Each trip lasted for several days and several nights and my family made such trips three years in a row, from 1997 to 1999. Each year was a new summer holiday leading to a slightly different destination, but I tend to think of all those fireworks nights, between which we would comb the town for a shop selling the same brand of firework tanks or seek out open but safe ground, as one long night, connected by similarity of experience. For days on end I would see local sights, fall ill and even transfer schools, but during those nights my family and friends shared the fun sense of complicity for circumventing the law.  During the last trip in 1999 this was particularly acute, as the local government had also clamped down on fireworks like my hometown did. We acquired our fireworks that year from the secret attic of a nondescript store, which we reached through climbing up a ladder, and our supply was decidedly limited. During those few fireworks nights we pretty much hustled from spot to spot, away from towns and possible police interference. We let off fireworks in turn on a riverbank, a desolate field with nothing in sight, and a spot next to two houses where the loud fireworks triggered a louder series of dog barks, forcing us to relocate rather quickly. With all its highlights, that was a particularly memorable night. It was also to be the last time I had the opportunity to get my hands on fireworks. I think you will not begrudge me in missing those nights, which I regard as one of the high points of my childhood.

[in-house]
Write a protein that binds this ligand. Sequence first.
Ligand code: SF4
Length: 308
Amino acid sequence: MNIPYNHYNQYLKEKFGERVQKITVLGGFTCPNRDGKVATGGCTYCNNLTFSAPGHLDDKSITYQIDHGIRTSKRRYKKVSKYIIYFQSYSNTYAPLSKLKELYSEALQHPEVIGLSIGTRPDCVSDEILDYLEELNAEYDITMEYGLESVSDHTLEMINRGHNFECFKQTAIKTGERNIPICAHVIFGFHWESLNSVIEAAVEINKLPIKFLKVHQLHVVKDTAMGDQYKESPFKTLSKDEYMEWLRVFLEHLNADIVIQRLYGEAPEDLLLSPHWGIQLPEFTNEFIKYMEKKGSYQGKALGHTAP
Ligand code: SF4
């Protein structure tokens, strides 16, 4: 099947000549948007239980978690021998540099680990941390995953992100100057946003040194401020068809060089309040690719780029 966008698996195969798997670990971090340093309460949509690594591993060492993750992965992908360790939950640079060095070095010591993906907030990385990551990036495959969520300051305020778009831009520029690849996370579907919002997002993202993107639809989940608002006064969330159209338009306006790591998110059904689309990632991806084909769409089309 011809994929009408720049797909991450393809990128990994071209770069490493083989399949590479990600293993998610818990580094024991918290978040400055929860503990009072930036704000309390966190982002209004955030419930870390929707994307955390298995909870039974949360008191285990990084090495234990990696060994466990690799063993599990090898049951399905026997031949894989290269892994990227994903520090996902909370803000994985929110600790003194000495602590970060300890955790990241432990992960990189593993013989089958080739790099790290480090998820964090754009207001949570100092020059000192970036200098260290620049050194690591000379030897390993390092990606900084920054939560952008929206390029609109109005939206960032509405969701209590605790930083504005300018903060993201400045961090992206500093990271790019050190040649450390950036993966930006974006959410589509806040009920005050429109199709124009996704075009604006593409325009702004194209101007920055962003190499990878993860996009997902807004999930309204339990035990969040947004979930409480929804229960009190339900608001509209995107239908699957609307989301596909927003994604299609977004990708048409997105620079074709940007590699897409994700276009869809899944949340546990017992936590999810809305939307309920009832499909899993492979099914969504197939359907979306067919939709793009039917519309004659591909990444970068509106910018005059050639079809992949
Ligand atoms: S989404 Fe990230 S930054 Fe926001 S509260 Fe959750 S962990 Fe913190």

: 二段閱後感: 

蕭若碧 (Amy Leung, Jason’s 母親) 

和一群一同長大的孩子, 在大人手挽手的呵護之下, 穿插於邊境小鎮的大街小巷, 爬上小雜貨店的塵封閣樓, 翻寶藏似的找出違法的煙花炮仗, 然後焦急地等到晚上, 避開公安執法的範圍, 走到黯淡荒蕪的河岸邊, 為黑暗的夜空, 畫出一朵又一朵火樹銀花, 耳邊是震撼人心的呼嘯和爆炸聲音, 夾雜著受了驚嚇的狗隻唁唁狂吠…

所有童年成長路上的磕磕絆絆, 疾病, 轉變, 在這刻都不重要了, 那種興奮期待的心情, 小小的冒險犯難經歷, 最後凝結成永恆美麗絢爛的一晚!

相信這是Jason 想寫的東西 

Yu Fong-ying (余晃英)